IT IS FURTHER ORDERED that no person shall disclose to any other person that the FBI or NSA has sought or obtained tangible things under this Order…”

A program called PRISM gave “the US government access to a vast quantity of emails, chat logs and other data directly from the servers of nine internet companies. These include Google, Facebook, Microsoft, Yahoo, AOL and Apple”.

No “probable cause”, no “Oath or affirmation”, no description of “the place to be searched, and the persons or things to be seized”. Just the mass harvesting of data on the private communications of American citizens.

The other man, by contrast, when he found that one of his two oaths flatly contradicted the other, told people that this was going on, that the Constitution he had quietly sworn to uphold was being trampled on. And it is Edward Snowden, not Barack Obama, who is being branded a ‘traitor’ by all sides.

This article originally appeared at The Commentator

Gold vs Silver – The 1896 US Presidential election

A photographic negative of recent election results

To the south are the debtors. With their incomes slumping and debt burdens rising they demand that the monetary authorities act, wanting a little inflation to ease the load. To the north are the creditors. Anxious that the rising wages from their manufacturing output will buy tomorrow what it will buy today they, by contrast, demand monetary discipline.

This is an apt description of contemporary Europe. It is, in fact, a description of the United States in the late 19th century. For the PIIGS we have the indebted farmers of the south and Great Plains demanding the inflationary coinage of silver. For the Germans, protecting the principle of (relatively) sound money, we have the bankers and industrial workers of the north-eastern states urging sound money and adherence to the gold standard.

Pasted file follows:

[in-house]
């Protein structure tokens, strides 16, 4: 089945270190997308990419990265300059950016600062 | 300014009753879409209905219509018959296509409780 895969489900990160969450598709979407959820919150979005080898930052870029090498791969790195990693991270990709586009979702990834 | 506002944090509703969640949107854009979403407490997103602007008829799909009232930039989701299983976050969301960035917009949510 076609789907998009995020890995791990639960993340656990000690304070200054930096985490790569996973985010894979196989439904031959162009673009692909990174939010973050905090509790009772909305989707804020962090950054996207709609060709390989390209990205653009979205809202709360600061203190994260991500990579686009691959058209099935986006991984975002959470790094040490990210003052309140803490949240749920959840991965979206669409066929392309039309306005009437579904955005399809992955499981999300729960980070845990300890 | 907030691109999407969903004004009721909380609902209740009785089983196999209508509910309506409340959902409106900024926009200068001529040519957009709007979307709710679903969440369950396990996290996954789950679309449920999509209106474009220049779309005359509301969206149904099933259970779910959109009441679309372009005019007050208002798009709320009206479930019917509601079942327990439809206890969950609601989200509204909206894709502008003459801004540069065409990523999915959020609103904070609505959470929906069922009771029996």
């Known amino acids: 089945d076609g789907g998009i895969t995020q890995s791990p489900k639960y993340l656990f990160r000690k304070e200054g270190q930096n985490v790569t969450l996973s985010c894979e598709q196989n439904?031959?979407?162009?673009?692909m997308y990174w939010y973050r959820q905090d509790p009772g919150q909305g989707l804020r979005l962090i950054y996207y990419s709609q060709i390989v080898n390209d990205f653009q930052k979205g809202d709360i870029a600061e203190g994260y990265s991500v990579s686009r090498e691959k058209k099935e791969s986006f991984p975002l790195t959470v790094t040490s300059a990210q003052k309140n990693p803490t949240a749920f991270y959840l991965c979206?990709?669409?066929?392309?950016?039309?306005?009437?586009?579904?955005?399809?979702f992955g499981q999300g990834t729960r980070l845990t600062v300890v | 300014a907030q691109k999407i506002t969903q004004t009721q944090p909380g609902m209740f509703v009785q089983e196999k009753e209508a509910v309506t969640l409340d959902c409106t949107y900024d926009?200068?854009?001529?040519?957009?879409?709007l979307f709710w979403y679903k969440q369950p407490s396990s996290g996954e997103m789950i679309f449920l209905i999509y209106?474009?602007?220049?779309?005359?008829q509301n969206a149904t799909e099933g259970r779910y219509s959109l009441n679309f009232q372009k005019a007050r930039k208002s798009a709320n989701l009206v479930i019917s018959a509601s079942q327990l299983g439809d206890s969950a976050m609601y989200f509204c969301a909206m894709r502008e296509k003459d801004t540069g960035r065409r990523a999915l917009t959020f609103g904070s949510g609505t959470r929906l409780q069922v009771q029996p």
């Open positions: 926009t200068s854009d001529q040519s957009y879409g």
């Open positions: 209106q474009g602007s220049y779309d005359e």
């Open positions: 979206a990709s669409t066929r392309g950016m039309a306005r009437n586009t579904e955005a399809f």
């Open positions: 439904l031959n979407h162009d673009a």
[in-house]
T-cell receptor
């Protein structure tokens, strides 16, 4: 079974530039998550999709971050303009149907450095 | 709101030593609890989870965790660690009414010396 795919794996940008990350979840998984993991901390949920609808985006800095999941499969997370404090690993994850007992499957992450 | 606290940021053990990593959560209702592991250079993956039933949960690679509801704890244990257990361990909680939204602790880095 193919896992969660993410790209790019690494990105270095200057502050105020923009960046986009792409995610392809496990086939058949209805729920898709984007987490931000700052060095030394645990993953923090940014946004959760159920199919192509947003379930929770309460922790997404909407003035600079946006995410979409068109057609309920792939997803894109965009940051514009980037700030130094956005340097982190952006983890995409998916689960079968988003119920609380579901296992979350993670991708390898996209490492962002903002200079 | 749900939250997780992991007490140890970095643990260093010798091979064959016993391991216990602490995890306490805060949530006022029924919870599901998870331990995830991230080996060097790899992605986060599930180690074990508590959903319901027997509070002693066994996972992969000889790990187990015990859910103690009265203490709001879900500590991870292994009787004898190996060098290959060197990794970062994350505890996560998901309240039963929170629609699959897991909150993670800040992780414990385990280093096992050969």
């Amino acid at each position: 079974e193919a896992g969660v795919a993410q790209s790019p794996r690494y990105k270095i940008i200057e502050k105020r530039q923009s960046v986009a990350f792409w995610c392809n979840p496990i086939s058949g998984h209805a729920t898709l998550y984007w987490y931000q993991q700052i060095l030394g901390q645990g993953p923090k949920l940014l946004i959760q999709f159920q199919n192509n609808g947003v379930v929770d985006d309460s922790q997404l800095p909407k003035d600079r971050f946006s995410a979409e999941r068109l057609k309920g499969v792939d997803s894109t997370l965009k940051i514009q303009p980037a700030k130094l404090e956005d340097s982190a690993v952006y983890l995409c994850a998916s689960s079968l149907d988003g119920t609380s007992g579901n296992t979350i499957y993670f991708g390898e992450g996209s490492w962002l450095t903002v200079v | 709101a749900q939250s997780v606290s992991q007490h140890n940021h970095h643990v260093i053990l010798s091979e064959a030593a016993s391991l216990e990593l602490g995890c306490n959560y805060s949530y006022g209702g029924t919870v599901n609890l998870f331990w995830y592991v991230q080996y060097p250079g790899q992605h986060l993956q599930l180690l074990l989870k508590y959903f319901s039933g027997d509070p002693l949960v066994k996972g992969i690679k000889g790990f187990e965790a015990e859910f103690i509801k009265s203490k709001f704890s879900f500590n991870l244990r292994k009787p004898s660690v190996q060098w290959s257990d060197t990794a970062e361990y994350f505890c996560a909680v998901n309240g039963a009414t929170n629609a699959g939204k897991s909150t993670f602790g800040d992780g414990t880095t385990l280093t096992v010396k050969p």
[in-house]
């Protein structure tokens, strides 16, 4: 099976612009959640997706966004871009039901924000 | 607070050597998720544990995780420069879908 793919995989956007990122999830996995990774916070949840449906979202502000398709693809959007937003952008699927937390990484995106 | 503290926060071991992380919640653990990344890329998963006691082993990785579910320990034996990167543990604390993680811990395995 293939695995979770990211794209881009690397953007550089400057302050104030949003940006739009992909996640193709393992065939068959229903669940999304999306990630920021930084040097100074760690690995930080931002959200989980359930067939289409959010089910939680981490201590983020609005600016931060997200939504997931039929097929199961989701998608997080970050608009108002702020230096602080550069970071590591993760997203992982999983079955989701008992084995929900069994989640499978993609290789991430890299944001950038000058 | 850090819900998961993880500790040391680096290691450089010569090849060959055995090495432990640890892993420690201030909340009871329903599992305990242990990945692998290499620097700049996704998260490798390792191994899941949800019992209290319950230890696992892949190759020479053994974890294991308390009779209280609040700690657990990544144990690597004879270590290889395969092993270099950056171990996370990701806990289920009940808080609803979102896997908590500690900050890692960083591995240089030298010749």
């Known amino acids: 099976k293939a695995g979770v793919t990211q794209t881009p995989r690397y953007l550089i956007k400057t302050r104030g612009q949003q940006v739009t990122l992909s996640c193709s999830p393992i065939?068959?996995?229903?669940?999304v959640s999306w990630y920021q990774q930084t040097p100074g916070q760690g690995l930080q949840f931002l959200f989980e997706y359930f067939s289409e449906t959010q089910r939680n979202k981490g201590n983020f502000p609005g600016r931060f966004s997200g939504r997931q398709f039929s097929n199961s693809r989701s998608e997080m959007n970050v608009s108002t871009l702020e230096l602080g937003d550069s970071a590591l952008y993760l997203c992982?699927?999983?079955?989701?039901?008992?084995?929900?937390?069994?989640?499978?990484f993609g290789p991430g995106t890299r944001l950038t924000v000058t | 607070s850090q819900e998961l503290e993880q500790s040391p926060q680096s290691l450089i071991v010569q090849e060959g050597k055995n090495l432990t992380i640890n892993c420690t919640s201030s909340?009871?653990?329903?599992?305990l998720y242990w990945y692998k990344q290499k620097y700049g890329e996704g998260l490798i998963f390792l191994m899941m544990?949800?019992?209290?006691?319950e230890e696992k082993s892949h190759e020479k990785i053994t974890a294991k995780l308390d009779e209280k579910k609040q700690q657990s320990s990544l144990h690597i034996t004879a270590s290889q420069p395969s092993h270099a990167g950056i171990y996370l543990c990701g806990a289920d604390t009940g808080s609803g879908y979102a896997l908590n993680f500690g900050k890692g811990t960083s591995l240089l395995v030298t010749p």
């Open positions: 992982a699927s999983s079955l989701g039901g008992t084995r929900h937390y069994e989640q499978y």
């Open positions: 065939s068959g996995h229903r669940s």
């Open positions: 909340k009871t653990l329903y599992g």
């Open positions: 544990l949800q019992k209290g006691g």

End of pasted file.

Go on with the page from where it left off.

The United States Constitution gave Congress the power “To coin Money, regulate the Value thereof, and of foreign Coin” and a Coinage Act was passed in 1792. This provided for the free coinage of silver and gold, a bimetallic system, with silver being coined at the rate of $1 for 371.25 grains of pure silver and gold at 24.75 grains of pure gold, a ratio of 15:1. This held while this mint ratio matched the market price ratio. But when, as was likely, they diverged then the metal undervalued at the mint flooded out and the other became the de facto monometallic money. After 1792 gold was undervalued and a de facto silver standard came about; after an alteration of the mint ratio in 1834 silver was undervalued and a de facto gold standard came about.

Messy and protracted attempts to restore convertibility after the Civil War inflation culminated in the fateful Coinage Act of 1873. Considering the controversy it would subsequently generate this Act passed rather unremarked but it was a clear break in American monetary affairs. While it allowed for free coinage of gold to resume in 1879 it said nothing about silver. This de jure demonetising of silver was little noticed as it had been de facto demonetised since 1834.

Two things returned the monetary question to prominence. One was a rise in the gold/silver ratio from around 16:1 in the early 1870s to 30:1 by 1896 owing to an increased international demand for gold and supply of silver. Another was agricultural hardship. Between 1872 and 1895 on a US Farm Average wheat prices fell by 59%. The price of cotton fell by 55.5% between 1881 and 1890. This crippled heavily indebted farmers in the south and Midwest.